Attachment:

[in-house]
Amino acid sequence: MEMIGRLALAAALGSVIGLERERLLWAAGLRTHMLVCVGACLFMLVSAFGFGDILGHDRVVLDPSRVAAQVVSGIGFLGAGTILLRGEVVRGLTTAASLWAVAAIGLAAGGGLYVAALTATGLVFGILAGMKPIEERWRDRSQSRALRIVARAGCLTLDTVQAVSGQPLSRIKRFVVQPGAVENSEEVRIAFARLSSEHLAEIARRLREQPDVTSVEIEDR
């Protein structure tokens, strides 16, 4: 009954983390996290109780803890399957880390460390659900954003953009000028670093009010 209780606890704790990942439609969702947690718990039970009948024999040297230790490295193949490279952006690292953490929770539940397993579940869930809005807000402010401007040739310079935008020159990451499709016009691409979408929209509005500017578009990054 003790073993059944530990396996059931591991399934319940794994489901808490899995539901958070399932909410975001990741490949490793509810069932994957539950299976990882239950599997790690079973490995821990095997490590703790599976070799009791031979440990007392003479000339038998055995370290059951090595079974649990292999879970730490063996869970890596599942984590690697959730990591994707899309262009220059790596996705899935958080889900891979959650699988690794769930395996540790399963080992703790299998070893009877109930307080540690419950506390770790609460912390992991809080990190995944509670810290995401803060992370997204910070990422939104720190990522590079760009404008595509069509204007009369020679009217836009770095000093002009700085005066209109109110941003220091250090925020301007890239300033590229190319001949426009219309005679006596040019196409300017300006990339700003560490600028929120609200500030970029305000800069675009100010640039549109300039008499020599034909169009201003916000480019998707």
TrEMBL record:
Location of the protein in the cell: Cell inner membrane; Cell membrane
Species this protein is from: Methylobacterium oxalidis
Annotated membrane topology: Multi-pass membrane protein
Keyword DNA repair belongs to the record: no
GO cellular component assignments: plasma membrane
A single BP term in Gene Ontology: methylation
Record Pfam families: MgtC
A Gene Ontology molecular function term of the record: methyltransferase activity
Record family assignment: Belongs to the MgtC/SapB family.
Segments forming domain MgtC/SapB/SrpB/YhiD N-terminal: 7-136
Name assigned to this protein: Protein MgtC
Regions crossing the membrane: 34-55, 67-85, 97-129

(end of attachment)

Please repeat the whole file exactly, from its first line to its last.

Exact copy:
[in-house]
Amino acid sequence: MEMIGRLALAAALGSVIGLERERLLWAAGLRTHMLVCVGACLFMLVSAFGFGDILGHDRVVLDPSRVAAQVVSGIGFLGAGTILLRGEVVRGLTTAASLWAVAAIGLAAGGGLYVAALTATGLVFGILAGMKPIEERWRDRSQSRALRIVARAGCLTLDTVQAVSGQPLSRIKRFVVQPGAVENSEEVRIAFARLSSEHLAEIARRLREQPDVTSVEIEDR
């Protein structure tokens, strides 16, 4: 009954983390996290109780803890399957880390460390659900954003953009000028670093009010 209780606890704790990942439609969702947690718990039970009948024999040297230790490295193949490279952006690292953490929770539940397993579940869930809005807000402010401007040739310079935008020159990451499709016009691409979408929209509005500017578009990054 003790073993059944530990396996059931591991399934319940794994489901808490899995539901958070399932909410975001990741490949490793509810069932994957539950299976990882239950599997790690079973490995821990095997490590703790599976070799009791031979440990007392003479000339038998055995370290059951090595079974649990292999879970730490063996869970890596599942984590690697959730990591994707899309262009220059790596996705899935958080889900891979959650699988690794769930395996540790399963080992703790299998070893009877109930307080540690419950506390770790609460912390992991809080990190995944509670810290995401803060992370997204910070990422939104720190990522590079760009404008595509069509204007009369020679009217836009770095000093002009700085005066209109109110941003220091250090925020301007890239300033590229190319001949426009219309005679006596040019196409300017300006990339700003560490600028929120609200500030970029305000800069675009100010640039549109300039008499020599034909169009201003916000480019998707």
TrEMBL record:
Location of the protein in the cell: Cell inner membrane; Cell membrane
Species this protein is from: Methylobacterium oxalidis
Annotated membrane topology: Multi-pass membrane protein
Keyword DNA repair belongs to the record: no
GO cellular component assignments: plasma membrane
A single BP term in Gene Ontology: methylation
Record Pfam families: MgtC
A Gene Ontology molecular function term of the record: methyltransferase activity
Record family assignment: Belongs to the MgtC/SapB family.
Segments forming domain MgtC/SapB/SrpB/YhiD N-terminal: 7-136
Name assigned to this protein: Protein MgtC
Regions crossing the membrane: 34-55, 67-85, 97-129